I don't think QM is prefect, and thus my attention is not on trying to make sense out of something I think is flawed, but rather to try to understand how the missing bits can be fitted so that it does make sense.

    Perhaps all these interpretational issues are on the table just due to this. When we understand QM better, I think the motivation for discussing interpretations will get a natural resolution.

    But this is just my personal view :)

    /Fredrik
     
  10. Jan 31, 2008 #9

    Mentz114

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    How to confuse a shell

    I can see this is bothering you, but don't worry, it doesn't mean anything in practical terms. The thing we call quantum theory is a mathematical model expressed in purely conceptual terms. It goes against our intuition and seems to have 'mysterious' elements which don't correspond to everyday reality. My own experience is not unusual. As soon as I understood the 'standard' QM ( Dirac, 'Principles of QM' ) I realised that superposed states were crazy, and no such such thing could actually exist ( I was young). So I took up the deBB 'causal' model. That requires a very strange non-local field that doesn't react in the classical way with the particles. Hmm. The point is that all the interpretations require the acceptance of at least one weird thing. Choosing an interpretation is a purely personal thing - and makes no difference whatever to practitioners ( well, hardly any ).

    In a room full of particle physicists, some will espouse an interpretation, probably most don't care. When they talk to each other it's about Hamiltonians, scattering amplitudes and suchlike.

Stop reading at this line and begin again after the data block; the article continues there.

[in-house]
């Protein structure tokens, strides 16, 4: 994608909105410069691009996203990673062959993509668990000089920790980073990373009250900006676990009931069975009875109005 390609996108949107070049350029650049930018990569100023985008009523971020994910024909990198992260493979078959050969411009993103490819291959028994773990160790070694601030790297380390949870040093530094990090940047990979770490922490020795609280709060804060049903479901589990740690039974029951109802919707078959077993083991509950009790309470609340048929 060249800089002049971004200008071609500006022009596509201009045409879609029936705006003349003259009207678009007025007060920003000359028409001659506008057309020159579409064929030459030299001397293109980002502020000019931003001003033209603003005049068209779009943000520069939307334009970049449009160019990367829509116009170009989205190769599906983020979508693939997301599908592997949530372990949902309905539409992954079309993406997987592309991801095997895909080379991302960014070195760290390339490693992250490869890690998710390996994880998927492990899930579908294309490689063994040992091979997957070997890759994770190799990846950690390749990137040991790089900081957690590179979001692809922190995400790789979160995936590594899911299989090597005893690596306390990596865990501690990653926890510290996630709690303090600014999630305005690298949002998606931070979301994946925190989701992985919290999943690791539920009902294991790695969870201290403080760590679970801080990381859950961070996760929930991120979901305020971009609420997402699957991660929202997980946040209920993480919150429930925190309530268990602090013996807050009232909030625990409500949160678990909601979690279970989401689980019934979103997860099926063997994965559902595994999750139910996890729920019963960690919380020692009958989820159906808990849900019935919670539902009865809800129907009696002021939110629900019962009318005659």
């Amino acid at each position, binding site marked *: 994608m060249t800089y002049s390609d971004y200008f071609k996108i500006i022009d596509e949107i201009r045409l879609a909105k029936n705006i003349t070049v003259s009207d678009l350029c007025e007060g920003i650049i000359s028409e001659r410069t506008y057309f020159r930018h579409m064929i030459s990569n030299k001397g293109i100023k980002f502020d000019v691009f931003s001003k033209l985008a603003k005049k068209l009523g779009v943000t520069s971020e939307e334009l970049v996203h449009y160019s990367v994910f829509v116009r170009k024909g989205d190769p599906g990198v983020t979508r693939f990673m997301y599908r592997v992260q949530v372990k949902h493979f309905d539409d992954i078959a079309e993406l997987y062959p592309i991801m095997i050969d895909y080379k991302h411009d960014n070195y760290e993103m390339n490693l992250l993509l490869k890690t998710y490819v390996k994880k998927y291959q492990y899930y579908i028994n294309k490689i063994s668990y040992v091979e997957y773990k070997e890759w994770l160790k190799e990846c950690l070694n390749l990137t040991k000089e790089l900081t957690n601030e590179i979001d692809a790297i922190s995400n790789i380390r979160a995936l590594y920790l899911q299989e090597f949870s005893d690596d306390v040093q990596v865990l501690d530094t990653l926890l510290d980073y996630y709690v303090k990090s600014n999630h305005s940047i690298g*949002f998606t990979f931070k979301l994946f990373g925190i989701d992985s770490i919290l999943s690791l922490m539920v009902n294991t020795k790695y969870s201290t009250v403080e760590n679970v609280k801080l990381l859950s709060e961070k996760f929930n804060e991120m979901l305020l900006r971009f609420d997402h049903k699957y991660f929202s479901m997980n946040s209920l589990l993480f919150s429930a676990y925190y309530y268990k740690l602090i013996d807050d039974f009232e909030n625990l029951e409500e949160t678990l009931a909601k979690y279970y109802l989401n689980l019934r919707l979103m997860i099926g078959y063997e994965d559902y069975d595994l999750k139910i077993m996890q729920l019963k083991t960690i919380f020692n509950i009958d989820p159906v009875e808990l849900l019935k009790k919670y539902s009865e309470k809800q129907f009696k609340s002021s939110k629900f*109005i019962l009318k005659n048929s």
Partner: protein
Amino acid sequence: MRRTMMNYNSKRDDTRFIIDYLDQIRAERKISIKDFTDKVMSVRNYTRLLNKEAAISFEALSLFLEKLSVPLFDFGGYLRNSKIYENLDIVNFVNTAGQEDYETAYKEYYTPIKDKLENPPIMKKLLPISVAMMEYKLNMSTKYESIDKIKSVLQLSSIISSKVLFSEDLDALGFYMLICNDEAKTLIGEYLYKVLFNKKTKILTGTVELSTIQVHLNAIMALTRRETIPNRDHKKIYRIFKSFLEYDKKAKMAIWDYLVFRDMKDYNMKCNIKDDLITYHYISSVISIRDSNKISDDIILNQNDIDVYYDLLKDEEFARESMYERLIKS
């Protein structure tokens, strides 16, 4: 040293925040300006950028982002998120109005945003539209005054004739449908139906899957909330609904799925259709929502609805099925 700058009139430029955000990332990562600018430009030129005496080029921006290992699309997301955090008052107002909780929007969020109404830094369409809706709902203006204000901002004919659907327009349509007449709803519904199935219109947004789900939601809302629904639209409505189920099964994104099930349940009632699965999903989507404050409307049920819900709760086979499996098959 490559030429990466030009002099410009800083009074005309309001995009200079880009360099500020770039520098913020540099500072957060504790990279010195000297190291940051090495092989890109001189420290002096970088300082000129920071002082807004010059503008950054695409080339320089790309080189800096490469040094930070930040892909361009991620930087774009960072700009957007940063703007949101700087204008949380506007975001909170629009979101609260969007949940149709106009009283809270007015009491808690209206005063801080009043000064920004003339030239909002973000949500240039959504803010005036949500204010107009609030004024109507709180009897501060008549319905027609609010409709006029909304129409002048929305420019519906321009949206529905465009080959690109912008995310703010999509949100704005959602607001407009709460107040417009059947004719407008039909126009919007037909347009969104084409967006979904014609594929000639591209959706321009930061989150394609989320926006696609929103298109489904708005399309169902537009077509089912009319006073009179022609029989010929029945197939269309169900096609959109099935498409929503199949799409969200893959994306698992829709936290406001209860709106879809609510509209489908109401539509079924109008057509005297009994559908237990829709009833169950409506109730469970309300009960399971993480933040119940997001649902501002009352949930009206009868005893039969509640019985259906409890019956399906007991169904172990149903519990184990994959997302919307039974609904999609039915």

Interpretations can lead to lively discussions, but should probably be in the philosophy section.

    Fra:
    Yes, nicely put. Prefect, as you'd say.
     
    Last edited: Jan 31, 2008
  11. Jan 31, 2008 #10

    vanesch

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    We had these discussions already, but for sure nor MWI nor CI would imply anything you say. But, as others point out to you, you seem to be missing the point of what an interpretation is all about. Nobody can claim that we already have the "final theory of everything", and - although this is more discussable - nobody can claim that this theory - in as much as it exists and will be found one day - is going to be a strict quantum theory as we know it today.

    As such, an *interpretation* of quantum theory is a MENTAL GAME, in which you invent a TOY WORLD in your imagination in which quantum theory is STRICTLY TRUE. You start with "let us imagine a world in which blah blah blah...". As such, you can, if you like, PICTURE with your mind's eye, a bit better how things "behave according to quantum mechanics", that is, in a toy world where you assume the rules to be strictly true.

    This is a bit like when you play a video game, where, in your imagination, you picture the "world" of that game in your mind, just to be able to understand better how the game works (and how to win).

    Now, there is a caveat: although we cannot claim that the final theory - if it exists - is a strict quantum theory, it might also be the case that it is! In that case, our toy world is a possible description of the real world (if it exists). Of our video game, we're pretty sure that it is NOT existing in the real world (although...).

    But for the moment, we are just having PARTIAL theories, each with their own paradigm. And quantum theory is one such paradigm. Interpreting it can hence do nothing else but just giving it a TOY world.

    So is this useless ? As a "world view", yes. As a way of understanding, getting a feeling of, quantum theory, I'd say no !
     
  12. Jan 31, 2008 #11

    jtbell

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    This process is more explicit in the ancient text-only computer games such as the "Colossal Cave Adventure," which contain no images whatsoever, and it's up to the player to construct his/her own mental map of the cave and its inhabitants.